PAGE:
Most insurance companies will reimburse you for relocation costs, assuming the fire wasn’t a result of landlord negligence.

Now is also a good time to encourage tenants to file a claim with their renters’ insurance provider if they have coverage. It’s also a good time to encourage your residents at other properties to get renters insurance if they haven’t already done so.

Begin to document damages.

Once the fire department has given you the go-ahead to enter the property, start taking pictures and videos of any damage caused by the fire. Do an inventory of the interior and exterior of the property. Be sure to jot down the model number of appliances, condition of structural elements like cabinets and countertops, and damage to any equipment (lawn mowers, etc.) stored on site.  You may also want to mentally prepare in advance of a fire by having and inventory checklist of all your properties.  There is great software out there today where you can store copious amounts of information for your properties in an organized manner.

Make sure the property is secure. 

If your property is no longer habitable, make sure it is at least secure. You have enough on your plate as it is; you don’t need to be dealing with trespassers. Board up windows and doors. Use a heavy-duty plastic to cover exposed areas. You may even consider installing security cameras or a temporary fence around the perimeter to keep unauthorized guests away.  Don’t be afraid to ask your neighbors for help in watching the property.  They will understand your plight.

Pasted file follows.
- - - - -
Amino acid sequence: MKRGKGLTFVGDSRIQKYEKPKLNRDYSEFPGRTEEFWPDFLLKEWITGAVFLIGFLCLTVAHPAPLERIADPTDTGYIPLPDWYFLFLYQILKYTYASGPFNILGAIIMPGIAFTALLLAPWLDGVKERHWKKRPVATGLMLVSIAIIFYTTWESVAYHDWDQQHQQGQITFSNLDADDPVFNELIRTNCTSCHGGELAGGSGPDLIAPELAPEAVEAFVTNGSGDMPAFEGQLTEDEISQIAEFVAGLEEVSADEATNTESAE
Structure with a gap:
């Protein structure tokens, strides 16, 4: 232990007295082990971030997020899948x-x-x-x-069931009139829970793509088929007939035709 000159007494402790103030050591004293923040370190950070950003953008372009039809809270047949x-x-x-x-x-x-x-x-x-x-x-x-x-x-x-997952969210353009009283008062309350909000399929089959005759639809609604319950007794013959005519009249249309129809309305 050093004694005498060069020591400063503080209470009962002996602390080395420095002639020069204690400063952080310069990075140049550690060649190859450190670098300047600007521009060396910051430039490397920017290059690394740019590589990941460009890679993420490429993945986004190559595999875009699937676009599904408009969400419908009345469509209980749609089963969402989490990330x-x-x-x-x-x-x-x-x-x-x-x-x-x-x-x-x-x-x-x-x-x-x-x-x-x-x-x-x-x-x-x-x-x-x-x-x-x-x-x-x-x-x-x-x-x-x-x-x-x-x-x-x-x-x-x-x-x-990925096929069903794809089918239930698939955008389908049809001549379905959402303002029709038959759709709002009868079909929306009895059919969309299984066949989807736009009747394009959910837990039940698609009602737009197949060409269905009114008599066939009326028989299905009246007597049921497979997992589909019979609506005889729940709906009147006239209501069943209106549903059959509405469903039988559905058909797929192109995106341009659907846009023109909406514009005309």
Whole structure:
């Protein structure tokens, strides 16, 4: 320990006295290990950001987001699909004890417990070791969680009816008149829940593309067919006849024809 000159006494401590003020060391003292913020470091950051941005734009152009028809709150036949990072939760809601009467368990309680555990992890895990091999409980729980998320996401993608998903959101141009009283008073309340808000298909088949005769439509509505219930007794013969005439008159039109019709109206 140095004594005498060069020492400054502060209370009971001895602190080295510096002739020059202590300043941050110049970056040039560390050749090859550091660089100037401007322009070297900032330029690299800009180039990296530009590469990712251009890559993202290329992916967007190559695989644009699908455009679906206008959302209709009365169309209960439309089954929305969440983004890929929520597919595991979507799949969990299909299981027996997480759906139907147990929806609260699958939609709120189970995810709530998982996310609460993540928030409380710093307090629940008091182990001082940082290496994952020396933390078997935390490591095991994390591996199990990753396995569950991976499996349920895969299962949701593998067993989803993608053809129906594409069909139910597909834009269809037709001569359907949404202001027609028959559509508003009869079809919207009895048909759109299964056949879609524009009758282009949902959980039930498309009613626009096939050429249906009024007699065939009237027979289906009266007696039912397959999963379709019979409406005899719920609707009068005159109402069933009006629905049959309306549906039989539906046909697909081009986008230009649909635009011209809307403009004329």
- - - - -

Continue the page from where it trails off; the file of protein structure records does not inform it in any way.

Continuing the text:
Embark on repair and restoration efforts. 

For landlords, time is money. Every day the property sits vacant means a temporary loss in revenue, so you’ll want to begin repair and restoration efforts as soon as possible.  It is always a good idea as a landlord to have a large network of contractors and renovation experts.  It never hurts to go out one lunch per month with a contractor or renovation expert to maintain solid relationships.

Depending on the severity of the fire, you may need to enlist the help of a multitude of industry professionals. Damages caused by fires are unlike typical property damages. Water, smoke and fire can create unsuspecting structural issues that weaken the building. You’ll want someone or a team who understands the nuances of building fires to help with repair and restoration efforts.

Get the property re-inspected by city officials.

As your buttoning up final repairs, schedule an appointment with all relevant city officials (fire, inspectional services, etc.) to obtain your new certificate of occupancy. You’ll need to have this certificate in hand before tenants are allowed to move back in.

Apartment fires are scary for everyone involved. Fortunately, the majority of landlords will never experience one. But in the unfortunate event one happens at your rental property, we hope this advice will help you remain level-headed during an otherwise stressful situation.

Share on FacebookShare on Google+Tweet about this on TwitterShare on LinkedInPin on PinterestShare on TumblrDigg thisShare on RedditEmail this to someone